We hope to have with us Rev. McKinnon, Rev. Chas. Cadwallader, and others who will speak. The committee on program has not reported at this writing (Tuesday a.m.) but we hope for an hour or two of addresses, and we are sure the rest of the day can be pleasantly spent in conversation, renewing old acquaintances and forming new ones.
The Temple family, as far back as we have been able to trace, dates back to Thomas Temple, who was born in Harrison county in 1776. To him were born eleven children, James I., Col.,Jacob I., Mark, Abraham, Joseph I., Geo. I., Lewis, Sarah (Kaner), Polly (Cowgill) and Jane (Peasley.) Of these children we have been able to trace only six and their descendants number about six hundred.
In Joseph Temple’s family we have found three hundred and ninety-nine descendants from his twelve children. We have learned that Col. Temple was the father of twenty-one children, but we have been unable to find any of them, thus far.
If any of the children or grandchildren of Col., Jacob, Mark, Jane or Lewis read this article please make yourself known to the secretary at the reunion that we may complete the Temple genealogy as much as possible.
We will have, besides the dinner for all, a refreshment stand where you may treat your best girl to ice cream, or buy your children candy or bananas. There will be a tent on the grounds twenty by seventy feet square, so that should the weather be inclement a good share of the crowd can be in the dry.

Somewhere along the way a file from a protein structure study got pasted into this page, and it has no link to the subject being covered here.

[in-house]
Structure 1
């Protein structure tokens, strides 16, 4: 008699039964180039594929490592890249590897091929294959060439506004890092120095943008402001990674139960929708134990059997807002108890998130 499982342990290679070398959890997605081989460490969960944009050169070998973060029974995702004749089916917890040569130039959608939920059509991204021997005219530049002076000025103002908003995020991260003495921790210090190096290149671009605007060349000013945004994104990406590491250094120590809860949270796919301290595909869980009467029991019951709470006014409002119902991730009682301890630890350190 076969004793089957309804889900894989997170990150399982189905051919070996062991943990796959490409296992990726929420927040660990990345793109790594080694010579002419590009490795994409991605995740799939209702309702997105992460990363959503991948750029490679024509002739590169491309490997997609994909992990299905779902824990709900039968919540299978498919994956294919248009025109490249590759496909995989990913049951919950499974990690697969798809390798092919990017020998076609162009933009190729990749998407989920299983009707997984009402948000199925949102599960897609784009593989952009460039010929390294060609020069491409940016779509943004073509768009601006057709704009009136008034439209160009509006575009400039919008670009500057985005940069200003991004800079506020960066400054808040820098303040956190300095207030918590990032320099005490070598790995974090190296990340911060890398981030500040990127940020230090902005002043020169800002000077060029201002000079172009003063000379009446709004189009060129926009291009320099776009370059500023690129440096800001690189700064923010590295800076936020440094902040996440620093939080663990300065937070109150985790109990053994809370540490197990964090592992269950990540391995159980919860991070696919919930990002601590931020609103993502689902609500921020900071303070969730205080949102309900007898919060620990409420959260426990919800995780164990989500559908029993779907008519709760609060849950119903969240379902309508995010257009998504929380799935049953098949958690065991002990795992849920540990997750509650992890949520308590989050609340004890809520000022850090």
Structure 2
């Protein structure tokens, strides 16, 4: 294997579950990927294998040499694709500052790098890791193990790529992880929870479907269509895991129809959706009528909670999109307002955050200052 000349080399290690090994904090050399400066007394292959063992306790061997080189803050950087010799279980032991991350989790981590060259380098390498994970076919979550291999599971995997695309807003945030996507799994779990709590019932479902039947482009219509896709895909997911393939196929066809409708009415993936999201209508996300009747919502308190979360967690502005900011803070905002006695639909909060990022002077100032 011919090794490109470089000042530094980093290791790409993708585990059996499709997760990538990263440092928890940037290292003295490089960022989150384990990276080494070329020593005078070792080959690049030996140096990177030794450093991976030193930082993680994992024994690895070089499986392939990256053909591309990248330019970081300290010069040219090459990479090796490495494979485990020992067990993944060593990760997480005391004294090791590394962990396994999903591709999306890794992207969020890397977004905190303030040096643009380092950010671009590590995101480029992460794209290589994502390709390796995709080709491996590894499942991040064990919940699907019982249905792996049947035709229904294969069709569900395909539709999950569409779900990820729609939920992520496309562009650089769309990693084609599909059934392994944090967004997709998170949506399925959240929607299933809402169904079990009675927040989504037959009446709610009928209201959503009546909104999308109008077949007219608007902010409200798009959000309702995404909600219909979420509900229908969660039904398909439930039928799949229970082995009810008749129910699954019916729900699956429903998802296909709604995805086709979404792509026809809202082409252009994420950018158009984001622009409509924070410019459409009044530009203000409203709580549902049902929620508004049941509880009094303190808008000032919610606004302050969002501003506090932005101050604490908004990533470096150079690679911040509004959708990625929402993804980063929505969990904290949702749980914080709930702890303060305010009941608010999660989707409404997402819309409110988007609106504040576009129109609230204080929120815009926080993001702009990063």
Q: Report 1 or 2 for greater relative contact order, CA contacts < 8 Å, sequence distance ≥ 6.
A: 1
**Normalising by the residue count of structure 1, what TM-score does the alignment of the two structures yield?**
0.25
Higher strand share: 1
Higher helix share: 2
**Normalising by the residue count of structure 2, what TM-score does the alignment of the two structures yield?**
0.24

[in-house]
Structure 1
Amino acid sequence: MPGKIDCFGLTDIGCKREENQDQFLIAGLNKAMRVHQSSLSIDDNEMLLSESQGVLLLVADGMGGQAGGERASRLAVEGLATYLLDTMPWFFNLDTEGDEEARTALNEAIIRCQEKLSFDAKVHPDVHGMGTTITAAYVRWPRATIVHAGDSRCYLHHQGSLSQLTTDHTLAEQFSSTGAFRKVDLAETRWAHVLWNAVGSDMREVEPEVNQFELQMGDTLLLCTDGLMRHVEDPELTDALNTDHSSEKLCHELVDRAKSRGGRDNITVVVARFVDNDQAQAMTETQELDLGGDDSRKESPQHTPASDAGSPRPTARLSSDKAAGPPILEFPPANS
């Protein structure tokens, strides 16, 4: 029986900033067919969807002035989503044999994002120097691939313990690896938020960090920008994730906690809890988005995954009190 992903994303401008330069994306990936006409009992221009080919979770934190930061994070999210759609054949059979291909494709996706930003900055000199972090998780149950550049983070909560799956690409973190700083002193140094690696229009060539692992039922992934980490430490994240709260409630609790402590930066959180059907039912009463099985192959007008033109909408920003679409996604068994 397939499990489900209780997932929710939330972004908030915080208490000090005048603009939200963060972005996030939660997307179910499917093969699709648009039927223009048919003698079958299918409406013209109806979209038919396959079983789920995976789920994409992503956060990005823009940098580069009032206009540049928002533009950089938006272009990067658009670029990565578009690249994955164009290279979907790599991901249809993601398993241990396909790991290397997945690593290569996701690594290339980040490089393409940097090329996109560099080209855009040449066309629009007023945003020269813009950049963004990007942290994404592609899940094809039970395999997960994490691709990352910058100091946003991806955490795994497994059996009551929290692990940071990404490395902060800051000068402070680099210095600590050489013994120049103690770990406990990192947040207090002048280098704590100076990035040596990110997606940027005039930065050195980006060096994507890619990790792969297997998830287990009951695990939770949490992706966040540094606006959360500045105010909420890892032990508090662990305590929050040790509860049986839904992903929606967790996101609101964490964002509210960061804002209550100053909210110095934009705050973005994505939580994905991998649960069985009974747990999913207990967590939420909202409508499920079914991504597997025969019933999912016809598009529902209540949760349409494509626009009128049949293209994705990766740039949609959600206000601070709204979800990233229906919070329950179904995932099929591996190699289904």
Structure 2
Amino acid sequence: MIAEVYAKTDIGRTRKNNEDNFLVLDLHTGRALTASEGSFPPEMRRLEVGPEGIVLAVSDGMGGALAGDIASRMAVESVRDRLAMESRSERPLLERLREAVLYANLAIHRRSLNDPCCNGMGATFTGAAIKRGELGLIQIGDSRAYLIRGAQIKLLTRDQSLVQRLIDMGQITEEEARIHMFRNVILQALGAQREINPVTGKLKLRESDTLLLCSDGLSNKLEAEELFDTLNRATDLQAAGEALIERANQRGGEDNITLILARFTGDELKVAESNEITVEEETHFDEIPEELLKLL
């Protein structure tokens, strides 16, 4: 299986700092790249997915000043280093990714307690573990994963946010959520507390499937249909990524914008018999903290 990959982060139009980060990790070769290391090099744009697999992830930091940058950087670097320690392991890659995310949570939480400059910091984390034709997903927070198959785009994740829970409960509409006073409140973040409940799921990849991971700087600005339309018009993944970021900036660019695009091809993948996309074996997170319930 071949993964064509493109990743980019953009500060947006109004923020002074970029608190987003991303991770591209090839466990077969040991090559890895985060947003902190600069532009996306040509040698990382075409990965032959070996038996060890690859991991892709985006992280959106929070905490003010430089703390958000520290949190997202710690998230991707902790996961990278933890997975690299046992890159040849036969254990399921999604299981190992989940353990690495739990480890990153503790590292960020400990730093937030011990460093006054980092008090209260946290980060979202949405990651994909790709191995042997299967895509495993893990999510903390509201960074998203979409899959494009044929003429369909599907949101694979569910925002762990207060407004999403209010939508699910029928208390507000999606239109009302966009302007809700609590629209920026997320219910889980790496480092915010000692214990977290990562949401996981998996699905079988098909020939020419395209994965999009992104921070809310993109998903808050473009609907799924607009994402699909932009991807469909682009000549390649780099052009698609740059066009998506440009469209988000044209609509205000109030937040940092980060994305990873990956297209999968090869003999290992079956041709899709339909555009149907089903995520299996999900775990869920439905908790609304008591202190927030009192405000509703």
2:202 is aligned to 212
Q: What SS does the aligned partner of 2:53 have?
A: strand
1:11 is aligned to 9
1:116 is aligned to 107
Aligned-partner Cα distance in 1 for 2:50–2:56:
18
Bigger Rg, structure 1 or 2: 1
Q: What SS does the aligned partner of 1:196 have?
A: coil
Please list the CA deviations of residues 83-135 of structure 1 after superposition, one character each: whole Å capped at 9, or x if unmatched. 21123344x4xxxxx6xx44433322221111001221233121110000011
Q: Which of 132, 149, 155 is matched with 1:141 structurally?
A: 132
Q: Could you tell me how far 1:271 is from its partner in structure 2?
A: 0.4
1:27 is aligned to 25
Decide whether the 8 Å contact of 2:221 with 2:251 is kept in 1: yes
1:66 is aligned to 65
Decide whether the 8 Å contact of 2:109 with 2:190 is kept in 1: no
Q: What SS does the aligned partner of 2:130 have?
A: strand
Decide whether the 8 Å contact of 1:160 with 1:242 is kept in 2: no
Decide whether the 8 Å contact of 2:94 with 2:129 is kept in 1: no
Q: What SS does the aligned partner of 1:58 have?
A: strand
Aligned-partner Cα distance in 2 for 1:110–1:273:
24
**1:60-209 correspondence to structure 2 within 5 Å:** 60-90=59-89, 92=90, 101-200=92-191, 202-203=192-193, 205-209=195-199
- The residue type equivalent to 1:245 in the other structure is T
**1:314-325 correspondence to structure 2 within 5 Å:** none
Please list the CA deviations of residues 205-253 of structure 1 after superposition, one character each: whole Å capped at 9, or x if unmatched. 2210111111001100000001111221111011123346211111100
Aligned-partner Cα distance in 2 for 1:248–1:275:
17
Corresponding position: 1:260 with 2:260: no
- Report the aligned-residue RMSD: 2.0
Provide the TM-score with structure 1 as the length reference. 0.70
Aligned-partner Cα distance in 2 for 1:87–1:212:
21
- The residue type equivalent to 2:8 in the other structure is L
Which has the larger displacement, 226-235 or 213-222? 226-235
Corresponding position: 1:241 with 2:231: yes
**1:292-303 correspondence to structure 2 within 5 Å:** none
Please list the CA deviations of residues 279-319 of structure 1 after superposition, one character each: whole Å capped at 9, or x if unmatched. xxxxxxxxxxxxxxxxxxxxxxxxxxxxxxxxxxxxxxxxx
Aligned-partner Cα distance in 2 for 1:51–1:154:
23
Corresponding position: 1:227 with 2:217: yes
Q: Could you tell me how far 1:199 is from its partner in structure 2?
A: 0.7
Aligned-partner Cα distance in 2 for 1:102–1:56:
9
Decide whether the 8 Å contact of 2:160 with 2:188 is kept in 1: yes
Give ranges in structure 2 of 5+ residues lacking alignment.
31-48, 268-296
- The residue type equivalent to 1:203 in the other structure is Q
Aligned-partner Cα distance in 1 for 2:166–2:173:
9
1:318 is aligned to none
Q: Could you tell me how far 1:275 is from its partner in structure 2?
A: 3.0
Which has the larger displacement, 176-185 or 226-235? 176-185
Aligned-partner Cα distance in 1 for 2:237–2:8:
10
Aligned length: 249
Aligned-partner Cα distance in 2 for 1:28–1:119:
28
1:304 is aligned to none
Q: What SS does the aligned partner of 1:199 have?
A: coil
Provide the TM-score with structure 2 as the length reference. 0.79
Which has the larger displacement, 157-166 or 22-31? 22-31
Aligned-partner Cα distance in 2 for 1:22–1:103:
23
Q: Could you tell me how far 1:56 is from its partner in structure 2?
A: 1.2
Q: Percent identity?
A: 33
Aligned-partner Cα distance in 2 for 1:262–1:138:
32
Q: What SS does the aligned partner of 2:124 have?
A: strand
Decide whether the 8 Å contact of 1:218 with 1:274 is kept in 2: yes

Come one and all and make the day one long to be remembered on account of the good cheer enjoyed and pleasant acquaintances renewed.
W. C. Temple, Sec’y.
[The Richwood Gazette, September 2, 1909]
TEMPLE Reunion Held Last Saturday, Sept. 4.
Threatening Weather Marred the Pleasures to Some Extent - One Hundred and Ninety Members of the Family Present - Interesting Addresses Made.
The third annual reunion of the Temple family was held in the grove of Mrs. Lenora Temple, widow of Joseph Temple II, Saturday, Sept. 4, 1909 .
Though the clouds threatened rain, the people began to arrive early in the morning and presented themselves to the secretary for registration and by the time dinner hour had arrived 172 had registered. In the whole day 195 members of the family had registered.